The cases cited by the district court, Neil v. Allstate Ins. Co., 379 Pa. Super. 299, 549 A.2d 1304, Paiano v. Home Ins. Co., 253 Pa. Super. 519, 385 A.2d 460, and Groff v. State Farm Fire and Casualty Co., 646 F. Supp. 973, all support our result, as they all conclude that an exclusion from liability coverage of claims brought by relatives of the insured is valid. Neil is particularly significant because it states that the Hack court noted the existence of family exclusion clauses "with approval." 549 A.2d at 1307. Indeed, Neil pointed out that family exclusion clauses helped to justify the abrogation of the interspousal immunity doctrine as the clauses "prevent the possibility of collusive suits." Id. at 1308. While the underlying claim here obviously is legitimate, that circumstance does not undermine the validity of the clause as written and applied in this case.
The Rubins argue that the excess policy is governed by the MVFRL and that, therefore, we cannot exclude coverage under it for an interspousal claim. We reject this argument. While it is true that the "general rule in Pennsylvania . . . [is that] family car exclusions . . . are invalid as against the policy of the" MVFRL, Sherwood v. Bankers Standard Ins. Co., 424 Pa. Super. 13, 621 A.2d 1015, 1017 (Pa. Super. Ct. 1993), no Pennsylvania court of which we are aware has held that an excess policy is subject to the MVFRL.
Furthermore, we believe that the Pennsylvania Supreme Court would not hold that an excess policy is subject to the MVFRL. The MVFRL provides that "every motor vehicle of the type required to be registered under this title which is operated or currently registered shall be covered by financial responsibility." 75 Pa. Cons. Stat. Ann. § 1786(a). "Financial responsibility" is the "ability to respond in damages for liability on account of accidents arising out of the maintenance or use of a motor vehicle in the amount of $15,000 because of injury to one person in any one accident, in the amount of $30,000 because of injury to two or more persons in any one accident and in the amount of $5,000 because of damage to property of others in any one accident." Id. § 1702. See Worldwide Underwriters Ins. Co. v. Brady, 973 F.2d 192, 193-94 (3d Cir. 1992). The MVFRL also provides for a comprehensive system of first party benefits, 75 Pa. Cons. Stat. Ann. § 1711, and for the availability of uninsured and underinsured coverage. Id. § 1731.
The excess policy in this case simply was not written to satisfy the MVFRL. In fact, inasmuch as the policy required Nathan Rubin to carry underlying liability coverage, it is clear that the excess policy contemplated that Nathan Rubin have some other policy to satisfy the MVFRL. See O'Hanlon v. Hartford Accident and Indem. Co., 639 F.2d 1019, 1027 (3d Cir. 1981). In these circumstances, we find nothing in the MVFRL to support the Rubins' claim that the excess policy had to be written with liability coverage conforming to the MVFRL's requirements. See Stoumen v. Public Serv. Mut. Ins. Co., 834 F. Supp. 140. See also O'Hanlon v. Hartford Accident and Indem. Co., 639 F.2d at 1027 (Delaware law).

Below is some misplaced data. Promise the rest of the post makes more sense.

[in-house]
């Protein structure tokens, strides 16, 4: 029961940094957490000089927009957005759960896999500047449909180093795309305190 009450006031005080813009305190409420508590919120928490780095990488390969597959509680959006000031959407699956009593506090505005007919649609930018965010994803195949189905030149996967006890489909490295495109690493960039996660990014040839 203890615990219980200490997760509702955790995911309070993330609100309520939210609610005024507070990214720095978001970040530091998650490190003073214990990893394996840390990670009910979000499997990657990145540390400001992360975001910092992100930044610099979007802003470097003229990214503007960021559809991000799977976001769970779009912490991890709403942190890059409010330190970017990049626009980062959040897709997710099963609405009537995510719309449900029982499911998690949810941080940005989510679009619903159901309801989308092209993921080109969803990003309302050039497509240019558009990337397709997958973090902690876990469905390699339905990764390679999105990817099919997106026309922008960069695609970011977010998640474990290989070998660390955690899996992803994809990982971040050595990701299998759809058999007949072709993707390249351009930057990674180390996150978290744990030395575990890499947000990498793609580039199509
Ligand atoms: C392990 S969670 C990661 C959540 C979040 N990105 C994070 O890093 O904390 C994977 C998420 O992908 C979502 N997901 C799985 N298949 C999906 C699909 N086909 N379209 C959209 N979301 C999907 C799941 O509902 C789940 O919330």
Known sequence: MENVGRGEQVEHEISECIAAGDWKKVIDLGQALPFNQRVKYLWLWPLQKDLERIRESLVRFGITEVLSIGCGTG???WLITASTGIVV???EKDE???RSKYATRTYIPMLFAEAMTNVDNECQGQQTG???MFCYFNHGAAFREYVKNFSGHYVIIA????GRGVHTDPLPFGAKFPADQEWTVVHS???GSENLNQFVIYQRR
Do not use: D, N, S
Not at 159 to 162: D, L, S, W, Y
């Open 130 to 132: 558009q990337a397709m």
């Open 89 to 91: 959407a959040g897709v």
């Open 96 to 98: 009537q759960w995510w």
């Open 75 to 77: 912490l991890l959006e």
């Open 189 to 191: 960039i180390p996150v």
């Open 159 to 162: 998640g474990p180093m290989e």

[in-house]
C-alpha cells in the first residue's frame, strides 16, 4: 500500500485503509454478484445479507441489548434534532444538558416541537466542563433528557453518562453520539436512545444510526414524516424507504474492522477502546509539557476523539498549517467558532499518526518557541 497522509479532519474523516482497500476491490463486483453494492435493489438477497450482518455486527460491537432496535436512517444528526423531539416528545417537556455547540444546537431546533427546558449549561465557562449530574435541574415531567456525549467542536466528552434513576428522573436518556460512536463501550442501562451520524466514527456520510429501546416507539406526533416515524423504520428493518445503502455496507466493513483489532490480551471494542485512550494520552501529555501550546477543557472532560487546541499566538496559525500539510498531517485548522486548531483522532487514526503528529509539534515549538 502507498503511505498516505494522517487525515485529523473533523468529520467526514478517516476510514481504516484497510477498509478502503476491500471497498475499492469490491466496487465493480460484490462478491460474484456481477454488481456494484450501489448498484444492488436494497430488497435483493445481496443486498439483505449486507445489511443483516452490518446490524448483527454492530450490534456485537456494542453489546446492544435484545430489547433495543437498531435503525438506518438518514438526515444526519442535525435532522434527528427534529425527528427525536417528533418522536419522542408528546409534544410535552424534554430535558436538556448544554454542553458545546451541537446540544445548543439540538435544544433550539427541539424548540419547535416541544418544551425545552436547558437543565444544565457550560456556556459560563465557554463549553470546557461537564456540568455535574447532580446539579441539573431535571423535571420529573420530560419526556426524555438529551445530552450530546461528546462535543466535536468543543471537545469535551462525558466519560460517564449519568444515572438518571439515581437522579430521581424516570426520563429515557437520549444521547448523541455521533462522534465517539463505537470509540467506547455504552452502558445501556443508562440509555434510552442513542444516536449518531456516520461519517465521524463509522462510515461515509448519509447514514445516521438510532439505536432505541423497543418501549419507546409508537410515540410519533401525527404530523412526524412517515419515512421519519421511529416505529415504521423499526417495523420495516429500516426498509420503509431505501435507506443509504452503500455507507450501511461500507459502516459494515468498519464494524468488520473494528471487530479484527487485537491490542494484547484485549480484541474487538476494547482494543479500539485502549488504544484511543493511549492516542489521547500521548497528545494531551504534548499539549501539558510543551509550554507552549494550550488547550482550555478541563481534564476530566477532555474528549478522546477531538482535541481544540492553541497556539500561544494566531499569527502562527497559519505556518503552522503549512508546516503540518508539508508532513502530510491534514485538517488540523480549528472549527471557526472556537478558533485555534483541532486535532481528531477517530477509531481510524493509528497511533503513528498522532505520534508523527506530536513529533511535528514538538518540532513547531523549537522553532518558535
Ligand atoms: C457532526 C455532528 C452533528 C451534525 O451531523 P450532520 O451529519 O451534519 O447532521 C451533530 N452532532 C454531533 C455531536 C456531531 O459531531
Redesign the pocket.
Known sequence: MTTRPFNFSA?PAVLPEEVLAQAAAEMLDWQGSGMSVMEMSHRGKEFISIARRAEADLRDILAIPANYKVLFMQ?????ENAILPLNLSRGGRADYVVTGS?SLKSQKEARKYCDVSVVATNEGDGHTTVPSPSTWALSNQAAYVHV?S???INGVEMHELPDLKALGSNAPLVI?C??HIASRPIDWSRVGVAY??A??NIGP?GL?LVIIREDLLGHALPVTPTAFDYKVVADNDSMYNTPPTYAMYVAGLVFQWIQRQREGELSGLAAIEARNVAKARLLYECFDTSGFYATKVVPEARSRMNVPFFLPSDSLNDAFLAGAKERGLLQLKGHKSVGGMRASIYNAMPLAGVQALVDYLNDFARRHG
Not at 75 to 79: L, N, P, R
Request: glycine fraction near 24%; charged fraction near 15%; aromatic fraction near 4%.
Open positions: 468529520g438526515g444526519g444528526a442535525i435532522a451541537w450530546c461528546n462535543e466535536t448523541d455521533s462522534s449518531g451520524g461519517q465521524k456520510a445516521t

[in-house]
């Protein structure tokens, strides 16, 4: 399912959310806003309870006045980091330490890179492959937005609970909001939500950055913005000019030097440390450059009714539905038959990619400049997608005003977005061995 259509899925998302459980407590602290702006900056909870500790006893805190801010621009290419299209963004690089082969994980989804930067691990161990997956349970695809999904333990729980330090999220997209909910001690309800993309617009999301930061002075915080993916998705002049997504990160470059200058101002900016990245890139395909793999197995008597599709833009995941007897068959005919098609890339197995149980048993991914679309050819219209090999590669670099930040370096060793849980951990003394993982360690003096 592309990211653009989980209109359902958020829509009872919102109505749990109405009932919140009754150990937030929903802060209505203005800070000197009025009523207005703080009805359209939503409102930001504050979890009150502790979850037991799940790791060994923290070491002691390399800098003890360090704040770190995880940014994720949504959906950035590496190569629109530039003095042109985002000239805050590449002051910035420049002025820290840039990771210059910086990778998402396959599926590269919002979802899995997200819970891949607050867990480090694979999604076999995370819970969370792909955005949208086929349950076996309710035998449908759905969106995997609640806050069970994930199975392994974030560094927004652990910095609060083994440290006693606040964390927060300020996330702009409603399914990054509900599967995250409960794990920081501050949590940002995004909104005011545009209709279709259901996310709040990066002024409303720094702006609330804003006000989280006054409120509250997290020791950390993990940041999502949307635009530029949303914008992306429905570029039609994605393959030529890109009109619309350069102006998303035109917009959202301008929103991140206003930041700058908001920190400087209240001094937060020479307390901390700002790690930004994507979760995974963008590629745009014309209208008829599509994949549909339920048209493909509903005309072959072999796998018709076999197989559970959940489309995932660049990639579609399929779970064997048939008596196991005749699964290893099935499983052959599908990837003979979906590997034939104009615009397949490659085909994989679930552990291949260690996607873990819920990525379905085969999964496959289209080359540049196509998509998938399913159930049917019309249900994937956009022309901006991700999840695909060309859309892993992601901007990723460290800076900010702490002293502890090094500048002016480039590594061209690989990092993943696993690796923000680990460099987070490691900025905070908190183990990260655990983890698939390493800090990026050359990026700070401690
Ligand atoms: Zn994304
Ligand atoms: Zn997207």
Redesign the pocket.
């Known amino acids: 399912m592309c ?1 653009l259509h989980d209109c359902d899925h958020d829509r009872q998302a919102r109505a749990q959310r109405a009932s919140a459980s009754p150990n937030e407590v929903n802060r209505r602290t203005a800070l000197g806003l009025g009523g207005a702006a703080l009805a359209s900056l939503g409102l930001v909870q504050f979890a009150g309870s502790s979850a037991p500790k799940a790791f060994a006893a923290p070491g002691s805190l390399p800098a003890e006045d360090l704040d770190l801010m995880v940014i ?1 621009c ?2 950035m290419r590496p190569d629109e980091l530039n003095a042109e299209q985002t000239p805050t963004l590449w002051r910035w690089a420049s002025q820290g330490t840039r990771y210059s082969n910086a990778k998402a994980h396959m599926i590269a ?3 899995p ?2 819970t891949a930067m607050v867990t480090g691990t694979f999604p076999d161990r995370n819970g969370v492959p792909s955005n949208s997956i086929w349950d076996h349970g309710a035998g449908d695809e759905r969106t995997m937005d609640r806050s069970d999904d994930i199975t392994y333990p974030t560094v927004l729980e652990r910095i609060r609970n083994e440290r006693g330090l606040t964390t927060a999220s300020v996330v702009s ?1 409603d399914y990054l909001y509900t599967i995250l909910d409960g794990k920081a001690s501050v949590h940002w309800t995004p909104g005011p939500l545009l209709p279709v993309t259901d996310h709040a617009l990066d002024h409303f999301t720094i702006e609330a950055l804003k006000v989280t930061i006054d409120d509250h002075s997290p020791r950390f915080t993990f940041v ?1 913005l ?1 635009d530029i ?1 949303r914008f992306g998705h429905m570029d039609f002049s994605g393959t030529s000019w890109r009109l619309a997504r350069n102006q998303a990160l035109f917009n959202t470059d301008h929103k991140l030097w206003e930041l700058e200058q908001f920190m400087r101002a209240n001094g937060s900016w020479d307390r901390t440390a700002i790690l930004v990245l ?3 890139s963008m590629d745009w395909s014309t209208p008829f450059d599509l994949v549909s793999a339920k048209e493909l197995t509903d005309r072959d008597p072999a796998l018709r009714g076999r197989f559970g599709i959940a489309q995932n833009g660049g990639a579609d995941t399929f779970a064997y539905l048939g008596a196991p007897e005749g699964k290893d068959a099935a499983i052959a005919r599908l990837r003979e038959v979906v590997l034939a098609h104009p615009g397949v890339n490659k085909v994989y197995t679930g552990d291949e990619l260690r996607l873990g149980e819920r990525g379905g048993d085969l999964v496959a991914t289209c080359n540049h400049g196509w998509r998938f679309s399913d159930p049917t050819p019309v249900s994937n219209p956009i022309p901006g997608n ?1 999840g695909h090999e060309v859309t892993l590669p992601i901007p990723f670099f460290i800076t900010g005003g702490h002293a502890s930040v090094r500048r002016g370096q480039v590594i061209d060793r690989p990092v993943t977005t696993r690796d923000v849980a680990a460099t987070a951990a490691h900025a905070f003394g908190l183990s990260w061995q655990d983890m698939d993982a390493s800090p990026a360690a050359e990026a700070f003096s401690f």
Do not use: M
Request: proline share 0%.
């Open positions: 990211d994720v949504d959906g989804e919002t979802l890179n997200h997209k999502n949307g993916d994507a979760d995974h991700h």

The Appellate Division of the Superior Court of New Jersey recently dealt with a claim analogous to the Rubins' in Weitz v. Allstate Ins. Co., 273 N.J. Super. 548, 642 A.2d 1040 (N.J. Super. Ct. App. Div. 1994). In Weitz, a wife brought an action against her husband for bodily injuries arising out of an automobile accident. In addition to having a primary automobile liability insurance policy, her husband was the named insured in an excess policy issued by Allstate Insurance Company. Consequently, the wife then filed a declaratory judgment action seeking a judgment requiring Allstate to cover her husband for any damages she suffered in excess of his primary policy coverage. Allstate disputed liability because the policy did not apply to a personal injury to an "insured," and the wife was an "insured," as that term included relatives living in the named insured's household. The trial court ruled in favor of Allstate, as it held that the policy was clear and no statute required that there be coverage. Furthermore, it held that public policy did not require coverage.
On the wife's appeal, she contended that because under the New Jersey No Fault Act, N.J. Stat. Ann. § 39:6A-3 (West 1990), her husband's "primary automobile insurance policy could not have excluded coverage for claims brought by members of his household . . . he would reasonably assume that his personal umbrella policy could not have contained such a exclusion." 642 A.2d at 1041. The Appellate Division rejected that argument holding: